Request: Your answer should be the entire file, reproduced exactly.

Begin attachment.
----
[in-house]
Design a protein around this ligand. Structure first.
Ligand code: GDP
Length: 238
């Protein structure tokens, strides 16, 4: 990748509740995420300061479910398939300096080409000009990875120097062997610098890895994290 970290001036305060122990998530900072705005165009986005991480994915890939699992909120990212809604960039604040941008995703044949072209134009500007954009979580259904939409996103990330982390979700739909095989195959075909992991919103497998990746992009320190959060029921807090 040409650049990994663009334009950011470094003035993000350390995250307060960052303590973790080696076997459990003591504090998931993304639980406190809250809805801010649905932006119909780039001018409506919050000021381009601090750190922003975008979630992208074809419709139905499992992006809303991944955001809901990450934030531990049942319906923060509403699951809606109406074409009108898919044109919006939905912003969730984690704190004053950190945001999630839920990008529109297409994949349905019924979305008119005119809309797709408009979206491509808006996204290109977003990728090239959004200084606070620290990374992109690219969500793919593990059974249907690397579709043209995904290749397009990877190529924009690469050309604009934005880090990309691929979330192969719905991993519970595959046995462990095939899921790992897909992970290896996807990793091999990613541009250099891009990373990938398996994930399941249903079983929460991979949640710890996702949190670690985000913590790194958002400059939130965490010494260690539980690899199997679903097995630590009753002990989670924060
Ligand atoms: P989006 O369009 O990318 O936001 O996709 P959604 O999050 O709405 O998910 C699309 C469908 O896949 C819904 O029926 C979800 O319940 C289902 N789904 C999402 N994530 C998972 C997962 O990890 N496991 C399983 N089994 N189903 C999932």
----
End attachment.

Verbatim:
[in-house]
Design a protein around this ligand. Structure first.
Ligand code: GDP
Length: 238
């Protein structure tokens, strides 16, 4: 990748509740995420300061479910398939300096080409000009990875120097062997610098890895994290 970290001036305060122990998530900072705005165009986005991480994915890939699992909120990212809604960039604040941008995703044949072209134009500007954009979580259904939409996103990330982390979700739909095989195959075909992991919103497998990746992009320190959060029921807090 040409650049990994663009334009950011470094003035993000350390995250307060960052303590973790080696076997459990003591504090998931993304639980406190809250809805801010649905932006119909780039001018409506919050000021381009601090750190922003975008979630992208074809419709139905499992992006809303991944955001809901990450934030531990049942319906923060509403699951809606109406074409009108898919044109919006939905912003969730984690704190004053950190945001999630839920990008529109297409994949349905019924979305008119005119809309797709408009979206491509808006996204290109977003990728090239959004200084606070620290990374992109690219969500793919593990059974249907690397579709043209995904290749397009990877190529924009690469050309604009934005880090990309691929979330192969719905991993519970595959046995462990095939899921790992897909992970290896996807990793091999990613541009250099891009990373990938398996994930399941249903079983929460991979949640710890996702949190670690985000913590790194958002400059939130965490010494260690539980690899199997679903097995630590009753002990989670924060
Ligand atoms: P989006 O369009 O990318 O936001 O996709 P959604 O999050 O709405 O998910 C699309 C469908 O896949 C819904 O029926 C979800 O319940 C289902 N789904 C999402 N994530 C998972 C997962 O990890 N496991 C399983 N089994 N189903 C999932």